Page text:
Emory Report
April 14, 2008
Volume 60, Number 27


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April 14, 2008
Chorus, orchestra to collaborate on composer’s opus

By Jessica Moore

The universal themes of love, life, grief and loss are brought into focus through the musical lens of Richard Prior’s Pulitzer Prize-nominated work, “Stabat Mater,” performed by the combined forces of the Emory Symphony Orchestra and University Chorus April 17-18 at 8 p.m. in the Schwartz Center, Emerson Concert Hall. To create the highly lyrical and intensely dramatic work, composed in 2000 before his arrival at Emory, Prior interwove the traditional text of the “Stabat Mater” — the medieval Latin narrative of Mary, mother of Jesus, standing at the foot of the cross — with contemporary poems in English by mothers relating their experiences of loss through adverse circumstances.

Prior, Emory’s director of orchestral studies and coordinator of chamber ensembles, says he tries to keep his careers as composer and conductor separate; the decision to present the piece was made by Director of Choral Studies Eric Nelson. The staging of this work is the largest collaboration of the musical season, bringing together approximately 300 orchestra and chorus members and soloists. “Visually I always think that these collaborations are spectacular, having this large mass of bodies all unified in a moment of musical expression,” Prior says.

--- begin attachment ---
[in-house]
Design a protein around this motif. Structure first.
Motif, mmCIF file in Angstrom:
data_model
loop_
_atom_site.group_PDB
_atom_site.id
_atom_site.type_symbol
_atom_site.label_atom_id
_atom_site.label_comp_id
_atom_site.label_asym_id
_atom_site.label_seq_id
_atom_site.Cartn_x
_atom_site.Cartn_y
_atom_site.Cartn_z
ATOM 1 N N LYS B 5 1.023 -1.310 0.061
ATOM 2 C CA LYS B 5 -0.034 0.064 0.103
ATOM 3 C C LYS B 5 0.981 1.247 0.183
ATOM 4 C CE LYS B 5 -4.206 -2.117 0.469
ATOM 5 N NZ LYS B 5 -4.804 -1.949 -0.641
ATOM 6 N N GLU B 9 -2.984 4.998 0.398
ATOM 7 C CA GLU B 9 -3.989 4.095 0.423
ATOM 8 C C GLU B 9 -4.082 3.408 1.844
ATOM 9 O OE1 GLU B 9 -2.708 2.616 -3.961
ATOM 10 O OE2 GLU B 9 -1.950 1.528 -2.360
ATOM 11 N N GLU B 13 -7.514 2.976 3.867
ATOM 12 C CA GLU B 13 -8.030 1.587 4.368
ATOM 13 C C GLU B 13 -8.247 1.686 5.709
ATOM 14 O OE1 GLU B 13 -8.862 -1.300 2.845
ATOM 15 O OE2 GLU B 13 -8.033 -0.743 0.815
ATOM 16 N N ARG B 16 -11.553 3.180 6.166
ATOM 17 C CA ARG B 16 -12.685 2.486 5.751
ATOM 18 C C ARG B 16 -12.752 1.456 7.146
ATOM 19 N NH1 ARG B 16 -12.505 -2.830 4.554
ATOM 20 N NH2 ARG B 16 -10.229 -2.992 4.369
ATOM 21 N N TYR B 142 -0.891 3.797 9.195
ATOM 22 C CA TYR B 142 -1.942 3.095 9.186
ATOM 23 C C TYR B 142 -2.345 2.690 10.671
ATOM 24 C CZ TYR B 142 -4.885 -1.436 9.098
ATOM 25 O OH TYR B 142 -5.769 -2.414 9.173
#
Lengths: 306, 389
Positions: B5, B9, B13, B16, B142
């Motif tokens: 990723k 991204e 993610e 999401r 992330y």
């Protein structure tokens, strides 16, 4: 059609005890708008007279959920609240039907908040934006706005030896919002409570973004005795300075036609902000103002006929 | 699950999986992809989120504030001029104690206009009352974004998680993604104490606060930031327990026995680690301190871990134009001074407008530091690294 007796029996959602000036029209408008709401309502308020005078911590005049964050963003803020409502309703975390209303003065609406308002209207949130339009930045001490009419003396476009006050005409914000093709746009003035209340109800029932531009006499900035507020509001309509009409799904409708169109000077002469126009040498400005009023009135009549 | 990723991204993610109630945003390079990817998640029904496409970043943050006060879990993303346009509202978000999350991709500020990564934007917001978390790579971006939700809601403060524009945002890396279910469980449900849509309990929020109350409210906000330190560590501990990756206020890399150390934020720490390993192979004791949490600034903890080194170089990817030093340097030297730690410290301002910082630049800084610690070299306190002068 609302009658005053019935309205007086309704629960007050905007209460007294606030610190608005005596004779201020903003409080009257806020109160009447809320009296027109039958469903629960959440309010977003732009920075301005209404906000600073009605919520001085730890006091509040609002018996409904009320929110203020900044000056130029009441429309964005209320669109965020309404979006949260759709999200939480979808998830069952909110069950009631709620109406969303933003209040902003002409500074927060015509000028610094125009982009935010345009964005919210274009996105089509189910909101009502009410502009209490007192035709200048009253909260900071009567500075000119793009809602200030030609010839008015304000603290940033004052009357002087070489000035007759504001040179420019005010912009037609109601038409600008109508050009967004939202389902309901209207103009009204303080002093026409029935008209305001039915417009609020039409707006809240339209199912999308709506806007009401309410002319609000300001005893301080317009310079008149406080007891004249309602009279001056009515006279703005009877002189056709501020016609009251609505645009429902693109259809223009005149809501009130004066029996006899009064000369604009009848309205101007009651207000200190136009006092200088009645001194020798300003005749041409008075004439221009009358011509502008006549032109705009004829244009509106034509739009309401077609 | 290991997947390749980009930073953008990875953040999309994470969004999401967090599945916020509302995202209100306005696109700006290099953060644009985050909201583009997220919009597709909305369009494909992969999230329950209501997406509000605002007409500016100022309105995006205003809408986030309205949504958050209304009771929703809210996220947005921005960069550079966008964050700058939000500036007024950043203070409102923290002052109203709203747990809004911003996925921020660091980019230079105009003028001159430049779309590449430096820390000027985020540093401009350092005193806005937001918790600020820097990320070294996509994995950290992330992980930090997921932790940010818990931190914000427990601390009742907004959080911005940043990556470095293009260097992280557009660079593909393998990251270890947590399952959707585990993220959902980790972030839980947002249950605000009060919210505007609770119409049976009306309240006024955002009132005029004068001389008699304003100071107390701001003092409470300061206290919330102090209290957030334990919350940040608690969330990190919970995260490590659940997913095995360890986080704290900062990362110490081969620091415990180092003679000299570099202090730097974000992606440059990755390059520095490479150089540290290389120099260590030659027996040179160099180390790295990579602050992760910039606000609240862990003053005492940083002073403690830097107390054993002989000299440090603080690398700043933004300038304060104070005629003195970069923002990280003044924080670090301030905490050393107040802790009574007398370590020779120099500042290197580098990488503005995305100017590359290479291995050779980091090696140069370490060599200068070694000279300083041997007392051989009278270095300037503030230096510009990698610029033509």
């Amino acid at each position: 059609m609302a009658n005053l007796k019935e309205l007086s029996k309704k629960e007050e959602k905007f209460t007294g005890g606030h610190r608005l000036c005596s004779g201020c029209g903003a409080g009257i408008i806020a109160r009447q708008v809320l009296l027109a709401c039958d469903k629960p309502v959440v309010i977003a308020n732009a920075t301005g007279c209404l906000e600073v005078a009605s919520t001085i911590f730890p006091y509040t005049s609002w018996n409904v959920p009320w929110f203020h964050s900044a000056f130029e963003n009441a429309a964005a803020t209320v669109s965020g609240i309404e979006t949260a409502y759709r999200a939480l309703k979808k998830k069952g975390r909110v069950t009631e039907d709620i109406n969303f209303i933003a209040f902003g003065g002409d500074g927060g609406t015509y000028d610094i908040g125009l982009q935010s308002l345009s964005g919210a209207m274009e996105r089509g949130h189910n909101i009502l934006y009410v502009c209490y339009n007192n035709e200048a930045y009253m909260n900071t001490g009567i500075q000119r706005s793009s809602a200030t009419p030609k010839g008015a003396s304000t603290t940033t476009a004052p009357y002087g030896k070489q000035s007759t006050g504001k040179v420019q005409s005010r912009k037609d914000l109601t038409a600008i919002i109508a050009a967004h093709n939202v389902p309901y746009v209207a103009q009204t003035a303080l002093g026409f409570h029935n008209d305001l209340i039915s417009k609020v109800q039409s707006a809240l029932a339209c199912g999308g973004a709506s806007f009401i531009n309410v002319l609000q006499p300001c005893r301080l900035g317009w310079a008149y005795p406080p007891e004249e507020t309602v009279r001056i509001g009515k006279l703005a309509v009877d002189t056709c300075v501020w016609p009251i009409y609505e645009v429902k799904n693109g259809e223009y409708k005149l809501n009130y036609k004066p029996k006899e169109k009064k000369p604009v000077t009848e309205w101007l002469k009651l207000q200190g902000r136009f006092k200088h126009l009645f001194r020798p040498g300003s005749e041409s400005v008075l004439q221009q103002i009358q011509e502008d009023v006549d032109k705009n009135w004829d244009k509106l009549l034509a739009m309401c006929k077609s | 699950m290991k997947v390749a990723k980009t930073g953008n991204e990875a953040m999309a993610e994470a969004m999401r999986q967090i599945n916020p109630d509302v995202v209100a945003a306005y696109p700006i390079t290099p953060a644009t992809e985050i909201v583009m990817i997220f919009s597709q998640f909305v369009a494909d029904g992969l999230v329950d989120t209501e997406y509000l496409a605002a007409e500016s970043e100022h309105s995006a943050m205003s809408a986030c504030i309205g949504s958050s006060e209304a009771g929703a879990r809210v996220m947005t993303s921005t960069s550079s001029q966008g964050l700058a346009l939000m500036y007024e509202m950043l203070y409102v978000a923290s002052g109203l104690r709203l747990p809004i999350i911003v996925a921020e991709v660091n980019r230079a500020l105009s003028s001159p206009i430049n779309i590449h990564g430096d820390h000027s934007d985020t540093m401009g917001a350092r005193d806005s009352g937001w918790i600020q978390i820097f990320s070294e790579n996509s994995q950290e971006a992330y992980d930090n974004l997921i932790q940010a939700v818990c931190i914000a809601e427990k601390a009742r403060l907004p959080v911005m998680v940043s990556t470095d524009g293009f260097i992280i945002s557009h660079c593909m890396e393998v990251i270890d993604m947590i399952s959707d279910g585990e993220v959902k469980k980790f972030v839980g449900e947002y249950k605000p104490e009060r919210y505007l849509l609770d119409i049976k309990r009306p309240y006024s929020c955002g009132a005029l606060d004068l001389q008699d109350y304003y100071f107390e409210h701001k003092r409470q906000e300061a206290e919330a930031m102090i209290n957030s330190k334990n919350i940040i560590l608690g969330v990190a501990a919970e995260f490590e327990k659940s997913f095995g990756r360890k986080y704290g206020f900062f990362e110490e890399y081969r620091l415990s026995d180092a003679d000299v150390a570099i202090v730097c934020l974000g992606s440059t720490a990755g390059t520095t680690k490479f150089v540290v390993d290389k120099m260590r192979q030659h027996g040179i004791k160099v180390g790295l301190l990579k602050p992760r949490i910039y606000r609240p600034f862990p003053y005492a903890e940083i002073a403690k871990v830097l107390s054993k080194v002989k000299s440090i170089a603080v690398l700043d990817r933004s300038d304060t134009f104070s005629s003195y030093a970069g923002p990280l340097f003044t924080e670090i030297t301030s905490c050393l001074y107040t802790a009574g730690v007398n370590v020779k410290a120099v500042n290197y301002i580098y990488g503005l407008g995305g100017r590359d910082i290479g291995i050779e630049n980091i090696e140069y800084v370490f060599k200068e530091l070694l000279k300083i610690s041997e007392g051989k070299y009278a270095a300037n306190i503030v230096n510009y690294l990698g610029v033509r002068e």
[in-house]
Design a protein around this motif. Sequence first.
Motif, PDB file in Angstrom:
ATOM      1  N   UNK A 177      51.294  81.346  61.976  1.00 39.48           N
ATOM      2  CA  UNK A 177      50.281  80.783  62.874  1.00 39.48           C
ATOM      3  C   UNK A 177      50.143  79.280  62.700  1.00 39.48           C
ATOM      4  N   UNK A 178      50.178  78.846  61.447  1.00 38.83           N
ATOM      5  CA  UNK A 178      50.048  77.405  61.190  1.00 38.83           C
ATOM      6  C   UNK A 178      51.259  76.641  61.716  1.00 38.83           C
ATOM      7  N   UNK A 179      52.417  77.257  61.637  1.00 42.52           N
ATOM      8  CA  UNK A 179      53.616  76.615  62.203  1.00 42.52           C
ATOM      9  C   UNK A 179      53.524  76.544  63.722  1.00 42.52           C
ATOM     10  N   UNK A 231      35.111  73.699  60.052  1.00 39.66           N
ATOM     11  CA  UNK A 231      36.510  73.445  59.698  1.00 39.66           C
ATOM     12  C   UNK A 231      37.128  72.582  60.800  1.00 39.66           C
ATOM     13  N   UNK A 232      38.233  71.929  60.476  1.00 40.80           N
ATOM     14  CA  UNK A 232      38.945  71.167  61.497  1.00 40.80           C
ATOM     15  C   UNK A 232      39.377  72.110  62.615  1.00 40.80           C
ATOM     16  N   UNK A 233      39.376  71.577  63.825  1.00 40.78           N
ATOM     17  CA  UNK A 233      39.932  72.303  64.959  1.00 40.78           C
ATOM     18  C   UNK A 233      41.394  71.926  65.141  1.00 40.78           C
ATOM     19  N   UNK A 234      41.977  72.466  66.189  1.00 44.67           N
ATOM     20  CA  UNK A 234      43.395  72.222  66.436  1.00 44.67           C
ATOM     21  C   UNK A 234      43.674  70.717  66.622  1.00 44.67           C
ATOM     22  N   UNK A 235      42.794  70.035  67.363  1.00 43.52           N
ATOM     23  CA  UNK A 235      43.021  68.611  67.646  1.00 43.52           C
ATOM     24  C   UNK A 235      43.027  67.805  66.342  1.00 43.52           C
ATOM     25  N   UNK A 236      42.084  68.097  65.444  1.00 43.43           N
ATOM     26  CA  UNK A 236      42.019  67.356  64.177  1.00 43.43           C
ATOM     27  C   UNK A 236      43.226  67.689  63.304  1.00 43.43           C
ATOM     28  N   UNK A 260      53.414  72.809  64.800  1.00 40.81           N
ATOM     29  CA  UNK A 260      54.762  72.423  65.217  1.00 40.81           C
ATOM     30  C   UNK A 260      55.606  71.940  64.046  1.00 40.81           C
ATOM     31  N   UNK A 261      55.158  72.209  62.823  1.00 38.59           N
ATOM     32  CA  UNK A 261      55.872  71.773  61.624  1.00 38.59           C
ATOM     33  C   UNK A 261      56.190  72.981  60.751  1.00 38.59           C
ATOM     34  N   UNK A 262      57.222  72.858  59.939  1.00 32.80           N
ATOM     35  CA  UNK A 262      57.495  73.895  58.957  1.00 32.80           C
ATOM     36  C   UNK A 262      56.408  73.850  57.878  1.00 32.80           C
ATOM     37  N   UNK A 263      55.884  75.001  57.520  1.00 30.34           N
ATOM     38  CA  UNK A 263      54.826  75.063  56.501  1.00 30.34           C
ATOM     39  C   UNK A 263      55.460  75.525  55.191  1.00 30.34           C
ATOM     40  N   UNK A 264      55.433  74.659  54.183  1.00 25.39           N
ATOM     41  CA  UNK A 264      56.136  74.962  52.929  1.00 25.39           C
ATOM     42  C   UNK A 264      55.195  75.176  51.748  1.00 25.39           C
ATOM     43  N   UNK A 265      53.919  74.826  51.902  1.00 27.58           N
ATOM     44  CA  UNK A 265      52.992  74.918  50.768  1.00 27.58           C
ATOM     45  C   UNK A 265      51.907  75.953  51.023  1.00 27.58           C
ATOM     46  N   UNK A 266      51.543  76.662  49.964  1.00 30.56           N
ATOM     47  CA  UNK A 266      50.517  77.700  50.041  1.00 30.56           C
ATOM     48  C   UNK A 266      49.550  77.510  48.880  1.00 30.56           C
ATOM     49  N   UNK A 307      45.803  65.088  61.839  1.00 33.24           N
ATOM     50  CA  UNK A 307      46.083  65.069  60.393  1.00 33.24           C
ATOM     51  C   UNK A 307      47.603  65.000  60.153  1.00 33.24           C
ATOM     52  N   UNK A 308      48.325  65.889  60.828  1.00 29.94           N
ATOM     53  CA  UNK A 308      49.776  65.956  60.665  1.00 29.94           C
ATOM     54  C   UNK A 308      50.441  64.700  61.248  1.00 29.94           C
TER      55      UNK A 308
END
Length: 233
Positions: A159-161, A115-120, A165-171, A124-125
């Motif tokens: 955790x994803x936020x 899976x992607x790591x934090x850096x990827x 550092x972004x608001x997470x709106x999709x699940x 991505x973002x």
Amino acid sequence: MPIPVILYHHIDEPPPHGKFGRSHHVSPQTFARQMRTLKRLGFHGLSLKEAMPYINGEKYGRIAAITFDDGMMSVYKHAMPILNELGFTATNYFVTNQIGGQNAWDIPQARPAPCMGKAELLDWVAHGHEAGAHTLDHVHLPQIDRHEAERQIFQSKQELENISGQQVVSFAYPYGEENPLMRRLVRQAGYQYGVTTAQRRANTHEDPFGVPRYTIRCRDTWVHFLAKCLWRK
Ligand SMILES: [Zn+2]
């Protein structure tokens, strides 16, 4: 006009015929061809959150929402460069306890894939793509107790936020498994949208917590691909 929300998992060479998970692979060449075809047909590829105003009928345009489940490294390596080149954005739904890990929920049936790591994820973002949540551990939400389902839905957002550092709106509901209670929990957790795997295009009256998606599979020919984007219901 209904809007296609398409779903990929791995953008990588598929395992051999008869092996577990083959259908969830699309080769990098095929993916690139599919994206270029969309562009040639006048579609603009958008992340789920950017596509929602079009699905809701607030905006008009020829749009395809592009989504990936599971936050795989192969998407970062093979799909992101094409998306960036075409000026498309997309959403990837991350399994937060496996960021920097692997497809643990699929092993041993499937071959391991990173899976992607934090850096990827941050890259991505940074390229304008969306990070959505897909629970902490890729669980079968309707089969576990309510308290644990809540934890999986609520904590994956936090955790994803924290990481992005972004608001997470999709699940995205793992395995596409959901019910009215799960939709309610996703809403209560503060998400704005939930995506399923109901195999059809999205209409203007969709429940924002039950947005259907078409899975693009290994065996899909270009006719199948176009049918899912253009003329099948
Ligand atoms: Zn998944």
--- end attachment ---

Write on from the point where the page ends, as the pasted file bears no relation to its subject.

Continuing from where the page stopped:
Engaging not only the audience but also the performers is very important to Prior. He strives to provide sufficient technical and artistic challenges for all performers, from the solo soprano to the second clarinetist.
His process for composing changes with every piece. Sometimes he improvises on the piano, while at other times the sound of the orchestration is in his head:

“The worst thing to do is to take it to the piano because you start to go down avenues that weren’t part of the original vision,” he notes.

The process is incredibly absorbing, he says. “You have the orchestration, melodies and structural possibilities running through your head constantly. That’s the point where you tend to become extremely unavailable for coherent conversation.”

Prior separated the Latin text from the purely Judeo-Christian message. “Fundamentally it’s about a mother witnessing the suffering of a child, which is an incredibly powerful and humanistic image,” he says. “Stabat Mater” will transport the audience on an emotional journey exploring the universal message of the fragility of human mortality and profound value of those lives around us.

For information on the free performance, or to read more, visit www.arts.emory.edu.